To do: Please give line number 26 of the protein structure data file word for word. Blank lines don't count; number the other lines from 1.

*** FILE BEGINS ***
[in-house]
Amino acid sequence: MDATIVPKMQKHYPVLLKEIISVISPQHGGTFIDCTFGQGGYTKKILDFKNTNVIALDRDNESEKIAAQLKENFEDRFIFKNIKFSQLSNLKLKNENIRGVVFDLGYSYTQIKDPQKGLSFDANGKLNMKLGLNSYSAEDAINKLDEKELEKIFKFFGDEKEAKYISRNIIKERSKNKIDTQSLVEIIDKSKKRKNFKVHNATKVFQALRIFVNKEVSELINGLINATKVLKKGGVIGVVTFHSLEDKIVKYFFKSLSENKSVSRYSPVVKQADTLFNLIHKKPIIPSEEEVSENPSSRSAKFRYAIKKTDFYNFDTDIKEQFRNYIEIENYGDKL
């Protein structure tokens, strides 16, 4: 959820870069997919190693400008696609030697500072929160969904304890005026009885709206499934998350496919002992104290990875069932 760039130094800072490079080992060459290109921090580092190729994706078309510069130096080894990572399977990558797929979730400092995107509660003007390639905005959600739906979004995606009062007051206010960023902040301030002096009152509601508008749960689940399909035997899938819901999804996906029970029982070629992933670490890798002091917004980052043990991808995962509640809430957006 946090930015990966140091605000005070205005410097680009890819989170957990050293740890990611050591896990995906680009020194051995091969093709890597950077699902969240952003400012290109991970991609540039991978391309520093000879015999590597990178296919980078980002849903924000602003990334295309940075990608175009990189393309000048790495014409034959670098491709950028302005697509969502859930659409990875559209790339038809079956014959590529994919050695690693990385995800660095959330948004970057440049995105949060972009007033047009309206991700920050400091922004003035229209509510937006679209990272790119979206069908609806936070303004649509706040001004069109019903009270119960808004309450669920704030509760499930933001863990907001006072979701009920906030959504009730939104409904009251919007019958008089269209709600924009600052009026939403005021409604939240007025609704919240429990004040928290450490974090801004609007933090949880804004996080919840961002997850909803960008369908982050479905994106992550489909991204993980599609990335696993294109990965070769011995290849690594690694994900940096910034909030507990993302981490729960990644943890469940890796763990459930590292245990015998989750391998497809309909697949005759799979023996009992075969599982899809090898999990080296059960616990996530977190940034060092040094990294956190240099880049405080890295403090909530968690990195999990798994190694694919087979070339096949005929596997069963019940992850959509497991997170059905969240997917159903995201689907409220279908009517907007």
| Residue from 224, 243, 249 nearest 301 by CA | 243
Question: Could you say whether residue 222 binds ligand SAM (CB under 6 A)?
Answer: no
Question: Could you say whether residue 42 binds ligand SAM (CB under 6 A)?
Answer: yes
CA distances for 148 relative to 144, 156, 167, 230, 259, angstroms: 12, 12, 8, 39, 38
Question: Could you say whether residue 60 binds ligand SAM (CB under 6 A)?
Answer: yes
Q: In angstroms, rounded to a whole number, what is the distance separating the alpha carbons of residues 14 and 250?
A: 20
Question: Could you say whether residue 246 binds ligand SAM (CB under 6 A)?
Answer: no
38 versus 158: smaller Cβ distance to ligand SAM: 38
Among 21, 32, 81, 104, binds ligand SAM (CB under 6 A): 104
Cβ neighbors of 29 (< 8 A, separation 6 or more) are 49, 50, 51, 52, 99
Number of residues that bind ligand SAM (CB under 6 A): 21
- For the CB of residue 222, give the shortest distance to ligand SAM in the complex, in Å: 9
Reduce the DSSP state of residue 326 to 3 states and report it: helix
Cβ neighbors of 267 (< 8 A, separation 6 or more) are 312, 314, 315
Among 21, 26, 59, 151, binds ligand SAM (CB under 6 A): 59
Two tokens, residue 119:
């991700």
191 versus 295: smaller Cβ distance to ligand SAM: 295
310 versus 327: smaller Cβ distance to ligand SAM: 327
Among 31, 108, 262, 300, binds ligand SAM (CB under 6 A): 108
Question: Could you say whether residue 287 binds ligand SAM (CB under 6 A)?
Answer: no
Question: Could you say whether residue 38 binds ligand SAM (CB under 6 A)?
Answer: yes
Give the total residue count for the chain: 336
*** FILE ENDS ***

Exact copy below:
191 versus 295: smaller Cβ distance to ligand SAM: 295